I would consider myself a fairly decisive person, but like any woman, I always reserve the right to change my mind. I am not sure why this is supposed to be a feminine characteristic, because I think everyone should reserve the right to change their mind. A little more information, a change of heart, or even just a passing fancy should be enough. When it matters, stick to your guns. When it doesn’t, open your mind to other possibilities.
But I am sure you aren’t reading this post to hear my philosophy on life, so on to the recipe. I don’t normally change horses midstream when baking, but this time I certainly did. For months now, I’ve been meaning to invent a low carb sandwich cookie, so when I came across a chocolate cookie recipe from Tiana Coconut, I thought they would suit my needs perfectly. But once the cookies were made, I was struck by sudden indecision. I found I wanted to put something on top of the cookies, instead of between, and I waffled a great deal on what that should be. Peanut butter frosting? Chocolate mint ganache? Both lovely possibilities but I ended up being a tad more ambitious. I am not quite certain what possessed me to attempt low carb caramel made with erythritol. Perhaps my success with the pecan brittle had gone to my head. At any rate, this turned into quite the little experiment!
The Results: It’s my own fault if these didn’t turn out perfectly. I am not a patient person and I believe that I overboiled my erythritol caramel. I think it was on it’s way to cooling nicely into caramel, but I thought it was a little thin so I decided to boil it again. Oops! After that, the oil separated out and I had to whisk it like mad to make it come together again. It did come back together, but the resulting candy has a slightly grainy quality, it’s not as smooth as I would like. Still, it tastes and smells like true caramel, and quite frankly, if this is as good as low carb caramel can get, I will take it!
The cookie portion could stand to be a little more chocolately. I followed the recipe to the letter, except for the replacement of sugar with granulated erythritol. I think next time, I might replace some of the cocoa powder with unsweetened chocolate and some of the erythritol with stevia, to see if I can make the cookies denser and fudgier. The recipe is a keeper, however, and these cookies would make a good base for any topping that might strike your fancy. Or heck, do what I originally intended and sandwich something between them! Peanut butter might be nice!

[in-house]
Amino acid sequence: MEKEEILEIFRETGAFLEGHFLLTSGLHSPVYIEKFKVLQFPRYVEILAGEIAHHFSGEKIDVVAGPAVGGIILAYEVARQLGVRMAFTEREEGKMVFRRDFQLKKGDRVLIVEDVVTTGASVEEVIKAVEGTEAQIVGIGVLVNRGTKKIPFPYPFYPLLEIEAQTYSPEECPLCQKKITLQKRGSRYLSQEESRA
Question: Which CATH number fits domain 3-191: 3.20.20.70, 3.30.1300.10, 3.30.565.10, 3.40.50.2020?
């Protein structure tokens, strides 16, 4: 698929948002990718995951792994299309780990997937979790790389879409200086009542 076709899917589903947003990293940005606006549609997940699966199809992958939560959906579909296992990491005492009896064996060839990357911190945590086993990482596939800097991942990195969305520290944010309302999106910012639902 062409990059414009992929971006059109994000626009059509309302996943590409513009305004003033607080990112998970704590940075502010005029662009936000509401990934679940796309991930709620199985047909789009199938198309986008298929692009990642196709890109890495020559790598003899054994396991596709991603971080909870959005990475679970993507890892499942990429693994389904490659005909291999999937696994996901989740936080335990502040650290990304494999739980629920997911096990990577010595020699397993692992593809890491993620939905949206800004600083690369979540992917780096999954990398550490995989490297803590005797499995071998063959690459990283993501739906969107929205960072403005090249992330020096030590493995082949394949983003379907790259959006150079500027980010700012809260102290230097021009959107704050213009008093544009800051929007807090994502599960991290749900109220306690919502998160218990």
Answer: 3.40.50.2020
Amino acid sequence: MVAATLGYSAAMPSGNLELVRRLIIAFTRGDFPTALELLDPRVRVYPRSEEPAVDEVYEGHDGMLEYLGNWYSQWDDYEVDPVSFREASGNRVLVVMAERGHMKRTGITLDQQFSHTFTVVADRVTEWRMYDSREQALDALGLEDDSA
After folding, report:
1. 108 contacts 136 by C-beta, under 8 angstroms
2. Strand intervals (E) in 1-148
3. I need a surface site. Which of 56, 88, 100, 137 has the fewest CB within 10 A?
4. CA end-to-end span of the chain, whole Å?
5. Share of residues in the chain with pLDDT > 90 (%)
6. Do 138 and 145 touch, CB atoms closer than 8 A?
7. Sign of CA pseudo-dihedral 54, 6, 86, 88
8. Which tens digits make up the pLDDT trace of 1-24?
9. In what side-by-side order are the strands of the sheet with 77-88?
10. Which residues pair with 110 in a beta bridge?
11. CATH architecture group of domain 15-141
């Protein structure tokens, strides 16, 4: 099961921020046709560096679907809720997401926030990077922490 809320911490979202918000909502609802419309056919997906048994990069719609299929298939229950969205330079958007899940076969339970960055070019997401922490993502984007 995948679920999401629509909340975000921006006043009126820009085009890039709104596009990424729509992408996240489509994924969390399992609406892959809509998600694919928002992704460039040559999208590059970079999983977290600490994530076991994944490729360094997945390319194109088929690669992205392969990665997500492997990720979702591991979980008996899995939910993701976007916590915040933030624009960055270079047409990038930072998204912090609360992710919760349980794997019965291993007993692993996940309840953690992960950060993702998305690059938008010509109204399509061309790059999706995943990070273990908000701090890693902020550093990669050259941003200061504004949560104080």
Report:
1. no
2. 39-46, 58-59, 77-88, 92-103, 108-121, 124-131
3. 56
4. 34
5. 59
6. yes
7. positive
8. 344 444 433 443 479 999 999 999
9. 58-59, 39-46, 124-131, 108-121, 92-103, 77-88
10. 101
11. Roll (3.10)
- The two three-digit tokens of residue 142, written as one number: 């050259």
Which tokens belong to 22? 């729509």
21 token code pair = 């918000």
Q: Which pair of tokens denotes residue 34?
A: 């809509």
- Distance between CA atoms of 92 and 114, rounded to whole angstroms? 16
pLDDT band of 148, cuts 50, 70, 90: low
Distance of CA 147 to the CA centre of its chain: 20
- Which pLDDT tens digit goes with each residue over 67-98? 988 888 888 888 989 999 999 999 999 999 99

Pecan Turtle Cookies
¼ cup sifted coconut flour
¼ cup butter or virgin coconut oil
⅓ cup cocoa powder
¼ cup granulated erythritol
¼ teaspoon salt
¼ teaspoon vanilla
3 tablespoon butter
¼ cup powdered erythritol
2 tablespoon heavy cream
½ teaspoon vanilla
16 pecan halves, toasted
For the cookies, preheat the oven to 350F and line a cookie sheet with parchment or a silicone mat.
In a small saucepan, melt butter or coconut oil over low heat. Stir in cocoa powder and set aside to cool.
In a medium bowl, whisk together eggs, erythritol, salt and vanilla until fully combined. Stir in cocoa mixture. Whisk in coconut flour until mixture is smooth. Let sit for a few minutes until it is thickened slightly.
Roll 1 inch balls between palms and place on prepared baking sheet. Using your palms, flatten balls into ¼ inch thick disks. Bake 12-14 minutes or until set. Let cool on pan.
For the caramel, melt butter over low heat in small saucepan. Add erythritol and turn heat to medium. Bring to a boil, stirring constantly, until temperature on a candy thermometer reaches 250-266F. Add cream and vanilla and stir vigorously. Mixture will froth up and sizzle. Bring back to a full boil and let boil one minute, continuing to stir. Let cool until thickened enough to spread onto cookies.
If the resulting caramel does not thicken enough, do not boil again! Simply warm gently over low heat and add an additional tablespoon or two of powdered erythritol. Stir until dissolved.
Top each cookie with a toasted pecan half and let set.
Makes 16 servings. Total carbs per cookie is 8.8g, but only 3g if you subtract erythritol.